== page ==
Flagstaff, AZ – A Flagstaff butcher has donated thousands of pounds of elk, deer and buffalo meat to the Northern Arizona Food Bank. This Thanksgiving he'll give six deer and an elk to the hungry. That's about 14 hundred meals. Arizona Public Radio's Laurel Morales says Dennis Champagne is not what you'd expect.
Dennis Champagne is a paradox. He's a butcher and a hunter and a sentimental animal lover.
CHAMPAGNE: I have three cats, three dogs, bird, couple fish, I love em.
Two of his dogs wag their tails fervently at his feet. They probably like what they smell. Champagne greets me with a fist bump because his hands are covered with blood. As we enter the shop the smell of raw meat is overwhelming.
Amby: grinder and meat saw
A huge skinless buffalo hangs from a hook. Champagne's been a hunter most of his life and processes meat for other hunters. Right now he and his crew are cutting the elk into T bones and porter houses and grinding up what's left to make buffalo burgers. (spike meat saw) One meat cutter amputates a leg from the purple beast. Champagne's crew wields carving knives, hand saws pretty much anything that's sharp.
What's that loud noise? That's the saw the ban saw meat saw. She makes little pieces out of big pieces (laughs).
Champagne introduces Sergio, a meat cutter who wears a serious face. He does a final inspection before he carves the meat.
CHAMPAGNE: What he's doing is he's portion cutting the rounds down which are the sirloin tips. And the other two gentlemen have one of the toughest jobs in the shop if I could invent a tool that would automatically take meat off the bone I'd be a multimillionaire.
SFX: door shuts
Outside where it's quieter he talks about how he got into hunting as a teenager. It seems to tap into his sentimental reserves.
CHAMPAGNE: My dad bought me a rifle for Christmas
Tears come to Champagne's eyes.
CHAMPAGNE: My 12 year old 10 years old his first animal was a 2800 pound buffalo and he dropped it with that same rifle my dad gave me. So if I get a little choked up it's because that's the why I enjoy hunting so much.
He says sharing that joy is what it's all about, whether it's helping a new hunter get his first kill or providing meat for other families less fortunate.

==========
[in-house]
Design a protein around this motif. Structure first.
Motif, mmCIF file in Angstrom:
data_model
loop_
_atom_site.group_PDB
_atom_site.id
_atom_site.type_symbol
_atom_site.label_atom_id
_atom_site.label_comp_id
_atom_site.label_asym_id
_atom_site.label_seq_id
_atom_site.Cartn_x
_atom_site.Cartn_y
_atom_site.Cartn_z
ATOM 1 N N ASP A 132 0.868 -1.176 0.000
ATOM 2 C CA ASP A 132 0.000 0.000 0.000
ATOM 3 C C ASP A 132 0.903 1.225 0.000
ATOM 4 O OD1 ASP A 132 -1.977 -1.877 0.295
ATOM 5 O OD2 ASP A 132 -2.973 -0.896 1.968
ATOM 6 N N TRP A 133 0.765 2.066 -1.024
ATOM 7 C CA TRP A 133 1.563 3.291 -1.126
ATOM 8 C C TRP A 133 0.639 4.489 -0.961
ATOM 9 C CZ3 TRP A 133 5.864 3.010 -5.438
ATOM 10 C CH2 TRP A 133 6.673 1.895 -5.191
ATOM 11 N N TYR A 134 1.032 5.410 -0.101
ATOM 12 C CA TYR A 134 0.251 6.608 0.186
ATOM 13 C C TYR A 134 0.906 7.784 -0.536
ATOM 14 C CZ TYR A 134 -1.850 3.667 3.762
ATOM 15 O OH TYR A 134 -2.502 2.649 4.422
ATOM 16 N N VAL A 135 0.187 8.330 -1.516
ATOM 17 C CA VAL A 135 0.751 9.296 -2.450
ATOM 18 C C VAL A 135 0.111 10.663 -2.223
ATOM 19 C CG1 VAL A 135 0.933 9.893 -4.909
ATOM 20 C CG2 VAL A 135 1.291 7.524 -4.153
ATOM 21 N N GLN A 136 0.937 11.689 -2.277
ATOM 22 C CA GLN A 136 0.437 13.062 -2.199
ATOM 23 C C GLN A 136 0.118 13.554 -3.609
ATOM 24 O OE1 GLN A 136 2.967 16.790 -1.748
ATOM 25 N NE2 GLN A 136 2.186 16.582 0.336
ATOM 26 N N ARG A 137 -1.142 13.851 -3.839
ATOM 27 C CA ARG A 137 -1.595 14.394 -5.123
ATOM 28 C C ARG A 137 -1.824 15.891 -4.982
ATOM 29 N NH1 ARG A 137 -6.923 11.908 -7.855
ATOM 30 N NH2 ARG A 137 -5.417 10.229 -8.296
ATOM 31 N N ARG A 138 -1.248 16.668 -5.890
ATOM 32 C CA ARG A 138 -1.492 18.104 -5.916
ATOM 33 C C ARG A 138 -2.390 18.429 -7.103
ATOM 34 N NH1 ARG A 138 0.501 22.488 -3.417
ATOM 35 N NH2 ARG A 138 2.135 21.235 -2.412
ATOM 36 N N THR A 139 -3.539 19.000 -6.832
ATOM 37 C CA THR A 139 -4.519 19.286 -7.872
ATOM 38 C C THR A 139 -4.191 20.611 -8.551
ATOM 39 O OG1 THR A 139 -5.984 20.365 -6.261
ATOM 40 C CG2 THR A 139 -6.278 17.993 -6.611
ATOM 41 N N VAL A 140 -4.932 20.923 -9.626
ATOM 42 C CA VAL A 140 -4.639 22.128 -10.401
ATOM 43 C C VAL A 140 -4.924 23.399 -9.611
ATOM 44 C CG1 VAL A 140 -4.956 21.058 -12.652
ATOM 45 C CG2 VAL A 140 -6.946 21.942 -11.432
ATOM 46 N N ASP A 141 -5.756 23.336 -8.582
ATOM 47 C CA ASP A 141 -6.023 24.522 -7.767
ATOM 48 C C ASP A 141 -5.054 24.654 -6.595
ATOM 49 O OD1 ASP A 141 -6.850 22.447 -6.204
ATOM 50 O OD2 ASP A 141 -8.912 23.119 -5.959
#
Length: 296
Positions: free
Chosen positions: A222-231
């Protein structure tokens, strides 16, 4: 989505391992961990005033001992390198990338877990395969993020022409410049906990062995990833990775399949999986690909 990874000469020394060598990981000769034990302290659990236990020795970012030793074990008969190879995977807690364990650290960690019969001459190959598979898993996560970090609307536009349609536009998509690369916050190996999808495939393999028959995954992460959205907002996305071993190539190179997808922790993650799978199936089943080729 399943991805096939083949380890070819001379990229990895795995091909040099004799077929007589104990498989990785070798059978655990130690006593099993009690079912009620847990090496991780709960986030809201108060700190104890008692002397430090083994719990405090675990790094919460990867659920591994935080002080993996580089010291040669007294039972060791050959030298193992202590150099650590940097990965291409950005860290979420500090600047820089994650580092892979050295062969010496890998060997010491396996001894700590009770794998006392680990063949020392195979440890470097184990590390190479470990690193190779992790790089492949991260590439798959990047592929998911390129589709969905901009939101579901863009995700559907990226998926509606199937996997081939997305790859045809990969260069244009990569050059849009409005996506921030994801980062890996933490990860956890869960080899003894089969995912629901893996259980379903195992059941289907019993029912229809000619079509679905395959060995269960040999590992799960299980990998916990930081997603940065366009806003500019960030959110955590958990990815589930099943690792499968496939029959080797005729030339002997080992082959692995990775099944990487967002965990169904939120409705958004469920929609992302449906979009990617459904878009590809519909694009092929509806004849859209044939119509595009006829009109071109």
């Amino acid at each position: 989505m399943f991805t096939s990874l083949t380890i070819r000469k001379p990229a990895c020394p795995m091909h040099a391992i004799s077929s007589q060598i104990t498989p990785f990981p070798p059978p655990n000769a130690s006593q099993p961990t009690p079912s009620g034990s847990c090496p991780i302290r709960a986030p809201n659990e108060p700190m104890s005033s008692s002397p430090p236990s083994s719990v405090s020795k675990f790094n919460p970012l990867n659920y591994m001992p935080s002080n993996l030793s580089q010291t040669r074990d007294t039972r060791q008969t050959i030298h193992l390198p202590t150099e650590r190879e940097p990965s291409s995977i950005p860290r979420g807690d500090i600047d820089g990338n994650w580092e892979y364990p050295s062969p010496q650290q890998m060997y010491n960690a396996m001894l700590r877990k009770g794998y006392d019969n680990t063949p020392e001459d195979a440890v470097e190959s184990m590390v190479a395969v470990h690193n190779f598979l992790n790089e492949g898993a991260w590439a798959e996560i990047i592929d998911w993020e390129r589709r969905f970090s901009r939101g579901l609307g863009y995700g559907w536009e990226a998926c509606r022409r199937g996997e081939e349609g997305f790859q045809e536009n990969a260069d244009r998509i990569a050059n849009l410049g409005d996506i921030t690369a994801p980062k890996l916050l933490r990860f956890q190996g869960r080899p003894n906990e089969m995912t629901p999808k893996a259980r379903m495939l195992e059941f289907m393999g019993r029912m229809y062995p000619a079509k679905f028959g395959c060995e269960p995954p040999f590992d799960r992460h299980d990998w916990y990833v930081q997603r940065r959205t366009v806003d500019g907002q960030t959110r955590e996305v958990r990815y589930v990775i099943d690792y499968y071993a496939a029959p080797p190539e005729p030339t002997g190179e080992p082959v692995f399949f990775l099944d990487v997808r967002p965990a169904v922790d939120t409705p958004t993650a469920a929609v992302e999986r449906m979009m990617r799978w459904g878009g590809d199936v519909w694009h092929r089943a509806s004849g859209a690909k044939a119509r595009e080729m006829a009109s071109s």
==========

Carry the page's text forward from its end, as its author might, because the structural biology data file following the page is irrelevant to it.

About five years ago the food bank asked him if he or his customers had any left over meat to donate.
CHAMPAGNE: Everyone is very proud of their success and their game meat. Sometimes there's no way I'm givin' that elk up.
But usually Champagne can talk them into donating at least 10 or 20 pounds of their kill especially when they realize they don't have freezer space for all of it.
Champagne and the Northern Arizona Food Bank are part of a national program called Farmers and Hunters Feeding the Hungry. Josh Wilson directs the organization based in Maryland. Wilson's father came up with the idea about 10 years ago when he pulled over on a Virginia highway to help a woman who appeared to be having car trouble.
WILSON: She asked if he could follow her over to the edge of the road by the bushes. When he did he saw there was a small buck. And it appeared maybe she had hit the deer. So he asked if she was ok and she said, no, I didn't hit it but I saw it laying here and I need to take it home to feed my kids.'
Wilson says historically hunters provided for their communities. What evolved into sport has turned into an opportunity to provide once again. Today Hunters Feeding the Hungry has more than a hundred chapters in 27 different states.
AMBY: Bring back butcher shop sound
Back inside the shop the crew has finished the buffalo and is working on an elk. As Champagne watches their progress he recalls his last hunt.
CHAMPAGNE: This last animal we got I knelt down and said a prayer and petted her. Sometimes it just chokes you up. But once that part's over and you're enjoying a nice roast or nice gorgeous elk burger you can't beat it.
And when it comes time to sit down at the dinner table, he says he's always grateful.
For Arizona Public Radio I'm Laurel Morales in Flagstaff.